EU trims wheat yield hopes - but cites dryness in Spain, not France


The European Union trimmed forecasts for its soft wheat yield, but thanks largely to downgrades for Italy and Spain rather than the much-watched French crop, in a report which downgraded hopes for Ukraine too.

The European Commission's Mars agricultural meteorology division lowered by 0.05 tonnes per hectare, to 5.86 tonnes per hectare, its forecast for this year's soft wheat yield in the EU, the top grower of the grain.

The downgrade, which lowered to 0.30 tonnes per hectare the recovery in the figure from last year's rain-depressed result, comes amid mounting worries over the impact on the French crop, the EU's biggest, of recent hot and dry weather.

However, the estimate for the French soft wheat yield was kept at 6.77 tonnes per hectare, and the country's winter barley result upgraded by 0.41 tonnes per hectare to 6.17 tonnes per hectare, with Mars instead focusing on damage from "exceptionally warm and/or dry conditions" in some other countries.

'Severely limited'

These included Italy, for which Mars cut its soft wheat yield forecast by 0.44 tonnes per hectare to 5.37 tonnes per hectare.

"Temperatures have constantly been above the long-term average since May 11 in almost all" the country, said Mars, flagging late-June heat too.

"These thermal conditions have accelerated grain filling in winter cereals, resulting in lower dry mass accumulation," and yield downgrades.

For Spain the soft wheat yield forecast was cut by a further 0.31 tonnes per hectare to 2.66 tonnes per hectare – a tumble of 31% year on year – after "exceptionally high temperatures" limited hopes.

"Yield expectations for winter cereals are severely limited by the persistent dry conditions prevailing during the growing season," the bureau said, adding that accumulated temperature readings in Portugal and Spain over May and June "are amongst the highest of the past four decades".

"The hot conditions during May and June were unfavourable for soft wheat and barley, shortening the grain filling period."

French estimates

However, for France, Mars kept at 6.77 tonnes per hectare its forecast for the soft wheat yield this year – a 26% improvement on last year's rain-devastated crop, although still a little behind the average result of 7.07 tonnes per hectare.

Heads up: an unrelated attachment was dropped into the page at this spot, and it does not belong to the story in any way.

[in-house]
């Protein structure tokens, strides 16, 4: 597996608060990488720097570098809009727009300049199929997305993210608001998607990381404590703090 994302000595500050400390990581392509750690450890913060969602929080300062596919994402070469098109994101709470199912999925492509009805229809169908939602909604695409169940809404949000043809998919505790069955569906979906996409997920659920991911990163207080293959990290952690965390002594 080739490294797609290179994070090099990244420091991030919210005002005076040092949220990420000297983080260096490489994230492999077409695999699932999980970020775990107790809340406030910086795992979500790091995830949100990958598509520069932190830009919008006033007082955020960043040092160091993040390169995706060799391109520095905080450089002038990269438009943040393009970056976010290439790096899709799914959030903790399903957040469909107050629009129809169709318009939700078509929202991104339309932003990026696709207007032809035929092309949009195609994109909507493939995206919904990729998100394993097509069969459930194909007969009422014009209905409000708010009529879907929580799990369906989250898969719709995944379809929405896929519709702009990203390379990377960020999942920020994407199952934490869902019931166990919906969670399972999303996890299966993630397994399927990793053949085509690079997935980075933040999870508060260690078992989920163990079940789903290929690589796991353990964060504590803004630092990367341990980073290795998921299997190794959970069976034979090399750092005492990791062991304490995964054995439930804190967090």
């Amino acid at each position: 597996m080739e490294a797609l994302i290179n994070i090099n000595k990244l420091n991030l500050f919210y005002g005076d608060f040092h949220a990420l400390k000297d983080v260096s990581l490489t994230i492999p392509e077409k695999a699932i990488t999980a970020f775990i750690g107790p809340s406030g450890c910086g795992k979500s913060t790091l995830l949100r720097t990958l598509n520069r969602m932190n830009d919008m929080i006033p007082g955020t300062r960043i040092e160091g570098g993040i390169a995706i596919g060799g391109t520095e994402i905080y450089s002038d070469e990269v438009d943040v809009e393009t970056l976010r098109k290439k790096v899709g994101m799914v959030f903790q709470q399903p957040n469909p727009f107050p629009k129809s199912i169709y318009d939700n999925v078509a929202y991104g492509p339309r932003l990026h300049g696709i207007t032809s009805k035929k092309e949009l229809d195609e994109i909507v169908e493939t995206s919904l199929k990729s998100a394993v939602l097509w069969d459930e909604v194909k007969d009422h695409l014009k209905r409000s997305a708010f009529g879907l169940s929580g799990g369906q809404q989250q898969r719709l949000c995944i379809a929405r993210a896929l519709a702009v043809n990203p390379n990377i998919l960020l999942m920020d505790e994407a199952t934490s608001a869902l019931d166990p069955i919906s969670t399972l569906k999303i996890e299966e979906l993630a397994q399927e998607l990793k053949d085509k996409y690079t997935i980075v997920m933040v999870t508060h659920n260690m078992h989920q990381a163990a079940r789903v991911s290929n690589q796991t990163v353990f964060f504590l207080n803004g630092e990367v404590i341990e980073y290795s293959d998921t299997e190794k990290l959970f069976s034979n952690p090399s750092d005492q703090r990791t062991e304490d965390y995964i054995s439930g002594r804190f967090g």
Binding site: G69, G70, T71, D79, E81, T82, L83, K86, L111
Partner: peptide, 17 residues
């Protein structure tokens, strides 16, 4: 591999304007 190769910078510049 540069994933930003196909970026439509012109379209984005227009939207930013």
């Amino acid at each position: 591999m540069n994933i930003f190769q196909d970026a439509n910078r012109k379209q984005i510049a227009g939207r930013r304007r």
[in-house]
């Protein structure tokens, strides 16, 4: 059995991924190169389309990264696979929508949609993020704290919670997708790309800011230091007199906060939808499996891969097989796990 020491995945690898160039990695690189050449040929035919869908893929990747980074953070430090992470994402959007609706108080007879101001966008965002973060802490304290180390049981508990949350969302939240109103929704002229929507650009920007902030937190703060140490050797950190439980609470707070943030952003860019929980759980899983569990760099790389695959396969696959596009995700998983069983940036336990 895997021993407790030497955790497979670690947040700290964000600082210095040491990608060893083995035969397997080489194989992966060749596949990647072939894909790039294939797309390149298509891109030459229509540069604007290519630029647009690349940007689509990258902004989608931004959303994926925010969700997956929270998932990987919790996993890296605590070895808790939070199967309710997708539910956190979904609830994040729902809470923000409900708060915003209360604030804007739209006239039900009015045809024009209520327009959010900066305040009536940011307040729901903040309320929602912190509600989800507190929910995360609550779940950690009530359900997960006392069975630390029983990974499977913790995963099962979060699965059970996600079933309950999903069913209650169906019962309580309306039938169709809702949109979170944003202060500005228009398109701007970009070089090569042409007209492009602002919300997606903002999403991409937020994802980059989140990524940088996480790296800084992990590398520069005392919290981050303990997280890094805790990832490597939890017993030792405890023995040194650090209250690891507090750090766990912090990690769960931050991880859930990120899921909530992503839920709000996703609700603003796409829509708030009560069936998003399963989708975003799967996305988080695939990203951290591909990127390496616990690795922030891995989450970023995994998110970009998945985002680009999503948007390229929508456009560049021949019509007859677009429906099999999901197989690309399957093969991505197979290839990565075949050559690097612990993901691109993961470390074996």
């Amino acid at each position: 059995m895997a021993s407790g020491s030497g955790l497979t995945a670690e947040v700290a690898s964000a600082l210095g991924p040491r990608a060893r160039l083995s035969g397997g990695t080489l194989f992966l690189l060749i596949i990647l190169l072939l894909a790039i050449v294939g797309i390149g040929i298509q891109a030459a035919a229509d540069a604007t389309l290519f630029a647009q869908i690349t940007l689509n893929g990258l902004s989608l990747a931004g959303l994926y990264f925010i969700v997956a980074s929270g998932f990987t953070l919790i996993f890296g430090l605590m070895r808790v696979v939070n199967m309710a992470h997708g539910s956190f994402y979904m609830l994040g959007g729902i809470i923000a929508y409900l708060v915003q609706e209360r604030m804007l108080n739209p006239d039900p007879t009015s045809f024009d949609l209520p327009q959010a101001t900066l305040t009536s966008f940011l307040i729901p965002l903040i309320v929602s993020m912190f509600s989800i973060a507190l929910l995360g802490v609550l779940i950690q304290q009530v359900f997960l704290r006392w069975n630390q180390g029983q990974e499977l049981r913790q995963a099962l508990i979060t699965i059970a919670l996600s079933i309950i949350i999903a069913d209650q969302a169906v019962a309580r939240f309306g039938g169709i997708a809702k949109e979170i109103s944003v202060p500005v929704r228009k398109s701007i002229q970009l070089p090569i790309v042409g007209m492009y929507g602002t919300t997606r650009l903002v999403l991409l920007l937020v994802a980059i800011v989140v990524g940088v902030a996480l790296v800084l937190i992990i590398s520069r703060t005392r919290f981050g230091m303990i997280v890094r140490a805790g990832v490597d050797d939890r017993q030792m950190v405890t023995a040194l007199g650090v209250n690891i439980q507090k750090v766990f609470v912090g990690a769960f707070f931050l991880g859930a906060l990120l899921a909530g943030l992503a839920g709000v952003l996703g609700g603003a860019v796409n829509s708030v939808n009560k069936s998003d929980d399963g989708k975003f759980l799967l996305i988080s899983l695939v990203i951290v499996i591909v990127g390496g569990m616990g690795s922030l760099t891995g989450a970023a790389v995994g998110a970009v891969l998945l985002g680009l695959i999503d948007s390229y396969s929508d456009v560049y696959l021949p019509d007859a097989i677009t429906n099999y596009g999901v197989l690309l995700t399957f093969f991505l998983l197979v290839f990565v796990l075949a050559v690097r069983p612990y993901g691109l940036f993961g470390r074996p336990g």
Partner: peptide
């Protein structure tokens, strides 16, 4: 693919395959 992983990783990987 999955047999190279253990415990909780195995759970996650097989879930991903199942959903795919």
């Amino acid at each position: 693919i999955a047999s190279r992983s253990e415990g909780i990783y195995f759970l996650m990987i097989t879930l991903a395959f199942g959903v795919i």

For winter barley, now being harvested, the yield estimate was upgraded by 0.41 tonnes per hectare to 6.17 tonnes per hectare.

The upgrades contrast with weakening condition ratings from France's official FranceAgriMer bureau of domestic crops, with the soft wheat crop rated 68% "good" or "excellent" as of last week, compared with 75% as of a month ago, when Mars issued its previous rating.

For winter barley, the deterioration in the FranceAgriMer rating was less stark, at 64% as of last week compared with 67% a month ago.

'Greatly impact cereals yields'

Mars flagged the benefit of precipitation on French crops, after a dry spring, saying that rainfall has been "average since the beginning of May in all regions" of the country.

"The rain was beneficial for all crops, and limited the impact of water stress on winter cereals."

Still, the bureau held the door open for further French crop downgrades ahead, after temperatures "increased sharply in mid-June.

"The headway is expected to greatly impact cereals yields," citing daily maximum temperatures above 30 degrees Celsius, and minimums above 20 degrees, for "several days in a row".

Ukraine, Russian prospects

Mars also downgraded by 0.37 tonnes per hectare to 3.91 tonnes per hectare its forecast for the Ukraine wheat yield, taking the figure comfortably below last year's 4.21 tonnes-per-hectare result.

"While worries of a potential frost kill have been assuaged, a rain deficit in central Ukraine negatively impacted winter cereals and spring barley," the bureau said.

But for Russia, Mars stressed that "abundant rainfall provided adequate water supply for canopy growth and biomass accumulation.

"The yield outlooks are lower than those of the previous record year, but are still good."

However, the bureau did highlight the prospect of a delayed harvest of spring crops, thanks to a wet and cold spell in spring.

"Spring crop development is significantly, by one to three weeks, delayed in northern and eastern European Russia due to the delayed sowing campaign and frequent occurrence of below-average temperatures since mid- April."


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